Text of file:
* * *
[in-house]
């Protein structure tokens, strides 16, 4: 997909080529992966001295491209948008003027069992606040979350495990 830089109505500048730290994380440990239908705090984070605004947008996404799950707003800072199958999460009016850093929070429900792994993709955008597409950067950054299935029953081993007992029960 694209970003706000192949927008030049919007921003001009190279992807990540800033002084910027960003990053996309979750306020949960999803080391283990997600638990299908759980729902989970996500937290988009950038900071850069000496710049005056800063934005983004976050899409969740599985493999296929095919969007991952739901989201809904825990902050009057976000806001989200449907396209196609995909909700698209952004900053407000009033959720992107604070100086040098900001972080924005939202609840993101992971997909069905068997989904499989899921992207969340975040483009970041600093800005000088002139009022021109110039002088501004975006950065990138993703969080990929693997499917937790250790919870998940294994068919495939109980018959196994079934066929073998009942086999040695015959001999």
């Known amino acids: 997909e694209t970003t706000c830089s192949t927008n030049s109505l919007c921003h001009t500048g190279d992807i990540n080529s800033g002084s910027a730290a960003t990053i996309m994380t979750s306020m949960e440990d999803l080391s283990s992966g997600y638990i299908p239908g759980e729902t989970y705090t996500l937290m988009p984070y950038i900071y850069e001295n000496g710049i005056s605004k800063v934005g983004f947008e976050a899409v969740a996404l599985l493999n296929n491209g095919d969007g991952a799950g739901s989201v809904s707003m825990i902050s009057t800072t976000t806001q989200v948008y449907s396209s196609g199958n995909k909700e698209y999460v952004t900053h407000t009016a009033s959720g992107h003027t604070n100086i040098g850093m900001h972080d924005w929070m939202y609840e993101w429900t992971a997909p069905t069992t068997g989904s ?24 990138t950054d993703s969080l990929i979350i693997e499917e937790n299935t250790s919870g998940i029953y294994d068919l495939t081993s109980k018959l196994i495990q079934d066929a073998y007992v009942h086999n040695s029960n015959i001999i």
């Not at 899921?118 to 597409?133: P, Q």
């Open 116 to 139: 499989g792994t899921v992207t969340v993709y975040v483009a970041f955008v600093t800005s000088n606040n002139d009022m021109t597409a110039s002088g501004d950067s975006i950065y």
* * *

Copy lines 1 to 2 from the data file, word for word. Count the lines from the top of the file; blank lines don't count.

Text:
[in-house]
């Protein structure tokens, strides 16, 4: 997909080529992966001295491209948008003027069992606040979350495990 830089109505500048730290994380440990239908705090984070605004947008996404799950707003800072199958999460009016850093929070429900792994993709955008597409950067950054299935029953081993007992029960 694209970003706000192949927008030049919007921003001009190279992807990540800033002084910027960003990053996309979750306020949960999803080391283990997600638990299908759980729902989970996500937290988009950038900071850069000496710049005056800063934005983004976050899409969740599985493999296929095919969007991952739901989201809904825990902050009057976000806001989200449907396209196609995909909700698209952004900053407000009033959720992107604070100086040098900001972080924005939202609840993101992971997909069905068997989904499989899921992207969340975040483009970041600093800005000088002139009022021109110039002088501004975006950065990138993703969080990929693997499917937790250790919870998940294994068919495939109980018959196994079934066929073998009942086999040695015959001999």